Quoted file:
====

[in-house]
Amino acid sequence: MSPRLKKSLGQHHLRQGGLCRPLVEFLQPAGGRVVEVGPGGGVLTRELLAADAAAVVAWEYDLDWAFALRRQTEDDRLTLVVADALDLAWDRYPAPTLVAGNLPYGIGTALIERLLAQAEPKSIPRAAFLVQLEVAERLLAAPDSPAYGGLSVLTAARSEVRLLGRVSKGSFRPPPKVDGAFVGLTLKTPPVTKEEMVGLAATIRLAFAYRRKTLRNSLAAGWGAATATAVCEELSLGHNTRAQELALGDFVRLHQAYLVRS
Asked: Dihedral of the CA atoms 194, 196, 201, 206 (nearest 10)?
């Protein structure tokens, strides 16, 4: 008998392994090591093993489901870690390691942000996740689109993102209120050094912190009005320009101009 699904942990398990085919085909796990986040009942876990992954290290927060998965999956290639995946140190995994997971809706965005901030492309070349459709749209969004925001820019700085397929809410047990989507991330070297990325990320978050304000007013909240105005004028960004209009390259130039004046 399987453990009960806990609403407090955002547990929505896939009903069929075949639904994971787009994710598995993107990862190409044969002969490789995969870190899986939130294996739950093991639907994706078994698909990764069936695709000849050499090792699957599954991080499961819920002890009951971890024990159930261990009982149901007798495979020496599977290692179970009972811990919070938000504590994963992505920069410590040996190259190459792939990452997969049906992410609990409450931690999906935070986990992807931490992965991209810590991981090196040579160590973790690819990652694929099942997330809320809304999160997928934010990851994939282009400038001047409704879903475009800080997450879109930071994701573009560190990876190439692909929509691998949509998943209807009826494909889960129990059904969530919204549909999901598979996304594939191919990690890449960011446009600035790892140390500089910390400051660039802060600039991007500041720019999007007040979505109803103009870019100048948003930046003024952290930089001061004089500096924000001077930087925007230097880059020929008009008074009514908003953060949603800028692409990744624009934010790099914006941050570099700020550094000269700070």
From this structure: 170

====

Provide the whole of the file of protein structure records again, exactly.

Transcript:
[in-house]
Amino acid sequence: MSPRLKKSLGQHHLRQGGLCRPLVEFLQPAGGRVVEVGPGGGVLTRELLAADAAAVVAWEYDLDWAFALRRQTEDDRLTLVVADALDLAWDRYPAPTLVAGNLPYGIGTALIERLLAQAEPKSIPRAAFLVQLEVAERLLAAPDSPAYGGLSVLTAARSEVRLLGRVSKGSFRPPPKVDGAFVGLTLKTPPVTKEEMVGLAATIRLAFAYRRKTLRNSLAAGWGAATATAVCEELSLGHNTRAQELALGDFVRLHQAYLVRS
Asked: Dihedral of the CA atoms 194, 196, 201, 206 (nearest 10)?
């Protein structure tokens, strides 16, 4: 008998392994090591093993489901870690390691942000996740689109993102209120050094912190009005320009101009 699904942990398990085919085909796990986040009942876990992954290290927060998965999956290639995946140190995994997971809706965005901030492309070349459709749209969004925001820019700085397929809410047990989507991330070297990325990320978050304000007013909240105005004028960004209009390259130039004046 399987453990009960806990609403407090955002547990929505896939009903069929075949639904994971787009994710598995993107990862190409044969002969490789995969870190899986939130294996739950093991639907994706078994698909990764069936695709000849050499090792699957599954991080499961819920002890009951971890024990159930261990009982149901007798495979020496599977290692179970009972811990919070938000504590994963992505920069410590040996190259190459792939990452997969049906992410609990409450931690999906935070986990992807931490992965991209810590991981090196040579160590973790690819990652694929099942997330809320809304999160997928934010990851994939282009400038001047409704879903475009800080997450879109930071994701573009560190990876190439692909929509691998949509998943209807009826494909889960129990059904969530919204549909999901598979996304594939191919990690890449960011446009600035790892140390500089910390400051660039802060600039991007500041720019999007007040979505109803103009870019100048948003930046003024952290930089001061004089500096924000001077930087925007230097880059020929008009008074009514908003953060949603800028692409990744624009934010790099914006941050570099700020550094000269700070």
From this structure: 170